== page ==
Minister of Lands and Natural Resources, Hon. Jean Kapata, told Parliament on Tuesday 17th July 2018 that the draft Land policy currently under consideration by her Ministry does not apply to Western Province (Barotseland).
Responding to a question on whether the land policy covers all parts of Zambia, Kapata reiterated her earlier explanation to the house that the land policy does not apply to Barotseland.
A few weeks ago Kapata responded to a similar question and when queried as to why the land policy only applied to 9 provinces, she responded that the Zambian constitution was very clear that Barotseland has its own land administration different from the rest of Zambia.
Kapata had further explained that in fact, Barotseland had the best land policy in Zambia but when asked why the government has not adopted it, she appeared puzzled and claimed that the chiefs in the rest of Zambia cannot accept the Barotseland model of land administration.
Zambia currently has ten provinces, including the Western Province which falls under the contested Barotseland territory, and the latest ministerial response in parliament by the lands minister is yet another official government acknowledgement that in fact ‘Western Province’ is a part of Zambia on a different basis to the rest of the country – even under the current constitution which does not acknowledge the abrogated Barotseland Agreement 1964 that gave the Kingdom of Barotseland an autonomous status within the Republic of Zambia.
Meanwhile, Vice President Inonge Wina has accused opposition UPND parliamentarians complaining of lack of development in Southern, North Western and ‘Western’ provinces of trying to divide the country.
She was responding to Monze Central Parliamentarian and leader of the opposition Jack Mwiimbu who lamented about the bad state of main roads in Southern, ‘Western’ (Barotseland) and North Western provinces.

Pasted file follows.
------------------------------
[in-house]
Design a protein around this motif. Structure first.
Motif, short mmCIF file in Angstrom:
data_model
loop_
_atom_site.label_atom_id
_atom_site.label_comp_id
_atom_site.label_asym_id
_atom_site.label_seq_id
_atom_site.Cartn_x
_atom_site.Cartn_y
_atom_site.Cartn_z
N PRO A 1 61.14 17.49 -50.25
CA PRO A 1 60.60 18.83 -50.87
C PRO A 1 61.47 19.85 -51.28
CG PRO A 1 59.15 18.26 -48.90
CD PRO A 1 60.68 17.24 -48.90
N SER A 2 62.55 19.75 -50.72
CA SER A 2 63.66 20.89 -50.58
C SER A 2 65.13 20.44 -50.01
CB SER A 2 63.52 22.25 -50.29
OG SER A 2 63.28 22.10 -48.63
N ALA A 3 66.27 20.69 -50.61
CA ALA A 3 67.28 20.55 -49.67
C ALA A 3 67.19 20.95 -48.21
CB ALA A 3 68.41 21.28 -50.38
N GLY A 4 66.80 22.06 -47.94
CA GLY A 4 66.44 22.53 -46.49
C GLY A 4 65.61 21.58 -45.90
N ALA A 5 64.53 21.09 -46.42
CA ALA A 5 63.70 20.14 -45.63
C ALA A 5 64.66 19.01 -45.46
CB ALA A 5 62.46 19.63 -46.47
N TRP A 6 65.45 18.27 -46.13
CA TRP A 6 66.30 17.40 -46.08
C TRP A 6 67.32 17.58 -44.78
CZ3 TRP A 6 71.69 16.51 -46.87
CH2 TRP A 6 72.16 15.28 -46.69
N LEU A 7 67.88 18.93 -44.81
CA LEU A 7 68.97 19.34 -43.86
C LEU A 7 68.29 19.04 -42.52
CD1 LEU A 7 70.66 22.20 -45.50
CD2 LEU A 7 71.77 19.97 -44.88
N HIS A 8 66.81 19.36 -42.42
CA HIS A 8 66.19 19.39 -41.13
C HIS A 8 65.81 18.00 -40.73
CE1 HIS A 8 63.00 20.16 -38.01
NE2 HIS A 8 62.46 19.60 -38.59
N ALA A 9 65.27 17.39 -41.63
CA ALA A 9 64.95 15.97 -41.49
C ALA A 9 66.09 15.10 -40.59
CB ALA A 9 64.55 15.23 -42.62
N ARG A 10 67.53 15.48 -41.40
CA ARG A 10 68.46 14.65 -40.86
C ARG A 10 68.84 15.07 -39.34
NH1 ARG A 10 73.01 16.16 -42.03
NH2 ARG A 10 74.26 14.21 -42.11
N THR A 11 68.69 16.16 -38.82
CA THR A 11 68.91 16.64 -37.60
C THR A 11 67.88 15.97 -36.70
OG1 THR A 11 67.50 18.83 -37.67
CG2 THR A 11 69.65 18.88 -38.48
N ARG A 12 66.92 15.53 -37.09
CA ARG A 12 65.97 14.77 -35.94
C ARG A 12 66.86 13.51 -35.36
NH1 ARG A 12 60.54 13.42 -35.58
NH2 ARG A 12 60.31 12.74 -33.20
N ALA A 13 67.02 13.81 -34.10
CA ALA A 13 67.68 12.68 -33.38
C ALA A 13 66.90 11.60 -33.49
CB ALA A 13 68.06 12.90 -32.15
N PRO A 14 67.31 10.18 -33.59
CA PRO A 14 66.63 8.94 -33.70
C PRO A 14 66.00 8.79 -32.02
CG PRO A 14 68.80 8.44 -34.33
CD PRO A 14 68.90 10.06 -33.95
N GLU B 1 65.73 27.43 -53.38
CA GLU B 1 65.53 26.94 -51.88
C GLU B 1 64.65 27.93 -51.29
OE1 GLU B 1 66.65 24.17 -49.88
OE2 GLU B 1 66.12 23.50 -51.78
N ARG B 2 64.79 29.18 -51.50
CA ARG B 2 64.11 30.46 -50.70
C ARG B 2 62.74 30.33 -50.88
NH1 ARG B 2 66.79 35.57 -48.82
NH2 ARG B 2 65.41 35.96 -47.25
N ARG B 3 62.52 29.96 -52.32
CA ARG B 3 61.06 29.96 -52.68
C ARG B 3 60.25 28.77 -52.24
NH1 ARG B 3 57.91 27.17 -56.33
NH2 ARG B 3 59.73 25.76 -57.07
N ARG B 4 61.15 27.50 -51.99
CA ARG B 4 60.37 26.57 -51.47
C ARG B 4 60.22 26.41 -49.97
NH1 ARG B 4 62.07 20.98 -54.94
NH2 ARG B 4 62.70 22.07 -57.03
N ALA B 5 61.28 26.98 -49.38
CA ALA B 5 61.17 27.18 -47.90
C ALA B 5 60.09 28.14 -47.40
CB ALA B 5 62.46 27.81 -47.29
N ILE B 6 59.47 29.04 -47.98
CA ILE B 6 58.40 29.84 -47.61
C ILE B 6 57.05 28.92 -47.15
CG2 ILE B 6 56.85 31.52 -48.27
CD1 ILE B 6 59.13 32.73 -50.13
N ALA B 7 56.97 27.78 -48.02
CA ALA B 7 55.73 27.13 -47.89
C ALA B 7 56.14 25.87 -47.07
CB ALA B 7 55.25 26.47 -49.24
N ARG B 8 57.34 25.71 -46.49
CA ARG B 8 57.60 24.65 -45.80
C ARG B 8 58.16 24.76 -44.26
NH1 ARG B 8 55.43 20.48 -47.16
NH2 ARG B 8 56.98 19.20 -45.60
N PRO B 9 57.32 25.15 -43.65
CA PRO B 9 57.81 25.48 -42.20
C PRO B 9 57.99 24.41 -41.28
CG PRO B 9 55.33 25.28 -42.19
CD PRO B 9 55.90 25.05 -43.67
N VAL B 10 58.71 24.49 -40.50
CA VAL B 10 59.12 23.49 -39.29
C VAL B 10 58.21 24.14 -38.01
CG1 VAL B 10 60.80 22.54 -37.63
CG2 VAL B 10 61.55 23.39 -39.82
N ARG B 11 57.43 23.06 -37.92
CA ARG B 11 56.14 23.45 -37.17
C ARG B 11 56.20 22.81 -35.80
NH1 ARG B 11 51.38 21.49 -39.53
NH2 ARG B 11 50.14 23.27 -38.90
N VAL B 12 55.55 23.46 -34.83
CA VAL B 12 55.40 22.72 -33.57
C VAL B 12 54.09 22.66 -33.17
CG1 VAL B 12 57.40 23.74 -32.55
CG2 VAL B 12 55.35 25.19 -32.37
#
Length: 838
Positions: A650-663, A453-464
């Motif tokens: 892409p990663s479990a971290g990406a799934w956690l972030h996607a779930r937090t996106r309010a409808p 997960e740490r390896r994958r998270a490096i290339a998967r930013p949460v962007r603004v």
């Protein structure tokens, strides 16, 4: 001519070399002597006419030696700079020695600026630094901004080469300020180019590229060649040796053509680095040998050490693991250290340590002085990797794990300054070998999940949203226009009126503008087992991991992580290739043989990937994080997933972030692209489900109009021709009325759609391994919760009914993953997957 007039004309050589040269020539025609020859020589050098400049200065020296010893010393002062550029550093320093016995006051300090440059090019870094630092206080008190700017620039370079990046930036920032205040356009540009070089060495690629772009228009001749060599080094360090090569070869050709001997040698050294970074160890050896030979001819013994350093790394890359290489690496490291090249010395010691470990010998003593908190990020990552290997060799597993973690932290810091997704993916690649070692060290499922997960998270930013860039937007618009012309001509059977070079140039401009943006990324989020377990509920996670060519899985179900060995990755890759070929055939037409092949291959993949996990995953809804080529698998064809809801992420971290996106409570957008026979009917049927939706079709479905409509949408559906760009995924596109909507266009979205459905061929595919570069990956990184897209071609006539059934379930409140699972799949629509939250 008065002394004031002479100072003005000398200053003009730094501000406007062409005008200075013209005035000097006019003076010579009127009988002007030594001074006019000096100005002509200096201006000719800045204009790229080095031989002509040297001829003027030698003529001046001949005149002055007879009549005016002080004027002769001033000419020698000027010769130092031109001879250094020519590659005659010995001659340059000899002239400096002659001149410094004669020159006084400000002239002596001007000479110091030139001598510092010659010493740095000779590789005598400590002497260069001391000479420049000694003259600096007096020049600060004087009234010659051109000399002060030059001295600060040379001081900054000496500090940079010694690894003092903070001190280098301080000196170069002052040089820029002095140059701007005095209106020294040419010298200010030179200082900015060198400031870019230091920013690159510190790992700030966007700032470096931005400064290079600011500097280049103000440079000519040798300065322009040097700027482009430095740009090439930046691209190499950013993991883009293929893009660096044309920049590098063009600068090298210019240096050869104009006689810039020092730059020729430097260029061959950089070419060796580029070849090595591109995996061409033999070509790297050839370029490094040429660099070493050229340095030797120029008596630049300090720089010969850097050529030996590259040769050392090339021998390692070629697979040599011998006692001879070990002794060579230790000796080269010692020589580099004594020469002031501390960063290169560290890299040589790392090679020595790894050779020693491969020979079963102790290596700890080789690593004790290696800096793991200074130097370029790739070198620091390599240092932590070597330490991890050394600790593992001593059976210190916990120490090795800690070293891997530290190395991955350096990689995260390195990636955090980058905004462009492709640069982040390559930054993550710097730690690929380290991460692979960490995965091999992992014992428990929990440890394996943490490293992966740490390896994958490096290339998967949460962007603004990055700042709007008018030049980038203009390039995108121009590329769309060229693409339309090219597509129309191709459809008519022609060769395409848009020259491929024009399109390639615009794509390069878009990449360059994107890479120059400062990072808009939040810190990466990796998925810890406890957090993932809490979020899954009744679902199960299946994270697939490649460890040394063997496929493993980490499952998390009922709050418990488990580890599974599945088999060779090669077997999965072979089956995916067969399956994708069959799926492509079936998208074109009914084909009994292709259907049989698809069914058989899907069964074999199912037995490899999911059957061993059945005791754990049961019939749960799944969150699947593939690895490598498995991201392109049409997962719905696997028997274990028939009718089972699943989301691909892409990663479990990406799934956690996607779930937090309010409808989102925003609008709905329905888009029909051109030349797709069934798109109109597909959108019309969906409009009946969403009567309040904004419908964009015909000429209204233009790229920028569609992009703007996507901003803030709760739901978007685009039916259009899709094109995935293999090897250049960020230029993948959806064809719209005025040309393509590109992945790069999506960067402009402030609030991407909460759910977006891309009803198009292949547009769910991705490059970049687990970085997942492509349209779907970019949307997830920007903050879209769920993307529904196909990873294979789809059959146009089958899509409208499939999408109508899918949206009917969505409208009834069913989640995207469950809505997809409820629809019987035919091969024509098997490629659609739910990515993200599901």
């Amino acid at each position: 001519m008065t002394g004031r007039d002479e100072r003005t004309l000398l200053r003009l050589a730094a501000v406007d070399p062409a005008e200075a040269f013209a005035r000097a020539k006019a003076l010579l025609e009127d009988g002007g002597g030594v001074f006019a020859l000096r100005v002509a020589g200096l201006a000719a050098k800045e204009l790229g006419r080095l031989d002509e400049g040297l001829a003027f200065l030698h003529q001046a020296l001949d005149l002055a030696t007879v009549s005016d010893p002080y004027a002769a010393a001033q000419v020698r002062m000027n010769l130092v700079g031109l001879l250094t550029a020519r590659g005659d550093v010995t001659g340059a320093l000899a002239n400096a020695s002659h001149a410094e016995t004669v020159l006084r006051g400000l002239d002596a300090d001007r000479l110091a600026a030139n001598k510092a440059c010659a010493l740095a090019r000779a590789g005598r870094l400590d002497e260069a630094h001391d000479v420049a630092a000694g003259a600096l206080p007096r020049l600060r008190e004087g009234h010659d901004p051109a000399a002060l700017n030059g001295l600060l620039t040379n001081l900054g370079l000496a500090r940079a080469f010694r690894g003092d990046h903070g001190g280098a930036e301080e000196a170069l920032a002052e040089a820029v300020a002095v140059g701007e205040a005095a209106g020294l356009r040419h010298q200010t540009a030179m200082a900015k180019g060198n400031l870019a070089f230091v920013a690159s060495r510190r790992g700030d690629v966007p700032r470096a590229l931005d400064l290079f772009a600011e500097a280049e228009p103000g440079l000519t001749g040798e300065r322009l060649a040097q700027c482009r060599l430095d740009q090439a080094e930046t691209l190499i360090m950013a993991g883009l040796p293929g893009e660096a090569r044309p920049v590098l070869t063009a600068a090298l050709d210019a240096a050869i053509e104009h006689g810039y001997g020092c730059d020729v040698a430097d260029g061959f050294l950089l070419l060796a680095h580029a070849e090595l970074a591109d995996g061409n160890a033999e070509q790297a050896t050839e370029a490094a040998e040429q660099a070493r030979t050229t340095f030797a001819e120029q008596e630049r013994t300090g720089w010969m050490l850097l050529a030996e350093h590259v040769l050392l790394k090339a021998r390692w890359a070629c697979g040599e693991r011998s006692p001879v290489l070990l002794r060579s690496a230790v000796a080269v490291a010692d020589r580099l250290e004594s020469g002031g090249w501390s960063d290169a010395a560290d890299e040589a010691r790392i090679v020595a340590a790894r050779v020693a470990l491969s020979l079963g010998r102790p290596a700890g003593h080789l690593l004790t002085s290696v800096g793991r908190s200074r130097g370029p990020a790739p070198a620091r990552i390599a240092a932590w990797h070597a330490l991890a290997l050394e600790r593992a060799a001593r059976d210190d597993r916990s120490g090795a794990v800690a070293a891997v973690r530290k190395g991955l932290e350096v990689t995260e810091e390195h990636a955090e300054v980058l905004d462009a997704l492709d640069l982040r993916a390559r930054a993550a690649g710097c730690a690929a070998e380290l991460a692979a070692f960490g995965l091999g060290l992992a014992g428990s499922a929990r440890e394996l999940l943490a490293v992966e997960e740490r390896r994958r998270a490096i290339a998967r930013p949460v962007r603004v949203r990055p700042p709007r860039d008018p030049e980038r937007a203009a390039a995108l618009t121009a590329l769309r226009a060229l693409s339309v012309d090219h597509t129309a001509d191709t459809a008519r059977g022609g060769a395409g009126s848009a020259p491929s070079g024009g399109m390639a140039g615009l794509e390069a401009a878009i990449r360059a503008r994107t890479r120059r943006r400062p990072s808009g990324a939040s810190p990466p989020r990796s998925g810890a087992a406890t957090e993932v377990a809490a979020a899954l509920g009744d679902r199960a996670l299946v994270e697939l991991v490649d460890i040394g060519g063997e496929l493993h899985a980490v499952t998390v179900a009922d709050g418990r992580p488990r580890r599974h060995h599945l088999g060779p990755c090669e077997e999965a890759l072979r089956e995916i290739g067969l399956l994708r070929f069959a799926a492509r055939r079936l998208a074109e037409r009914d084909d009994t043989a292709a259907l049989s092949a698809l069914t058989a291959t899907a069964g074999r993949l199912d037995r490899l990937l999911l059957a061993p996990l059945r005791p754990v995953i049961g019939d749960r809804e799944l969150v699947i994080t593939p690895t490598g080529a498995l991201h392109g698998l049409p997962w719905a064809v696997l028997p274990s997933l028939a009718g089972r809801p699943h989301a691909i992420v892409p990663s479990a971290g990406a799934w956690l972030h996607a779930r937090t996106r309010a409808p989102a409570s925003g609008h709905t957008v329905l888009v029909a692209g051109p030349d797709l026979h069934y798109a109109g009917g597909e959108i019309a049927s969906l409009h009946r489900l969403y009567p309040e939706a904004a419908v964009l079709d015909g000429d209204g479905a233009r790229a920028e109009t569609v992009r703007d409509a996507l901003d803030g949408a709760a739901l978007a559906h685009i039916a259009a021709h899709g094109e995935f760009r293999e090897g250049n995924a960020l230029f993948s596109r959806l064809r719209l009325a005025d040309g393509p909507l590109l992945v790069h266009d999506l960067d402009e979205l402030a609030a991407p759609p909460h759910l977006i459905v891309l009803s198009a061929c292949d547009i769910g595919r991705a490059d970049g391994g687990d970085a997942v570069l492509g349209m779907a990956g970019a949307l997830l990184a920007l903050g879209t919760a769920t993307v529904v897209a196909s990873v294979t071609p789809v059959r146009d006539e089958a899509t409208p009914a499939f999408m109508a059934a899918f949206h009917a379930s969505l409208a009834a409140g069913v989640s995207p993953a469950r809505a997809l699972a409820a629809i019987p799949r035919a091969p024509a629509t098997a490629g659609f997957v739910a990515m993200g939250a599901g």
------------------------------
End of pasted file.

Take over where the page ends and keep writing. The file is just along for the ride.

Some PF lawmakers claimed that the potholed Livingstone – Sesheke (Nakatindi) road was being rehabilitated when, in reality, they were merely patching the potholes with gravel.
Recently, The Mast Newspaper reported that a land policy validation meeting which was convened by the government to discuss the draft failed to take off at Intercontinental Hotel in Lusaka as chiefs from across Zambia walked out in protest and total rejection of the entire proposed land policy.
The chiefs said the draft land policy only pursued stealing of their land as it was not in the interest of Zambians “but a minority few corrupt elements”.
The chiefs’ walkout left lands minister Jean Kapata and her Chiefs and Traditional Affairs counterpart Lawrence Sichalwe stunned.
However, agreeing with the chiefs’ protest at the failed meeting, opposition United Progressive People (UPP) President Savior Chishimba said the effective abolishment of chiefdoms under the proposed sections 13 and 25 of the Urban and Regional Planning Act of 2015 was not only unbiblical but was also meant to concentrate all powers on land matters in the politicians.
He said the abolishment of customary land tenure system (Lands Act, Cap 184 (iv)) and the introduction of an open market system would only serve to cement the ongoing scramble for Zambia by the Chinese and other foreign nationals.
He further noted that the proposed land sales by the State for revenue generation would create landless poor Zambians who would be enslaved by foreign landlords.
Source: Barotseland post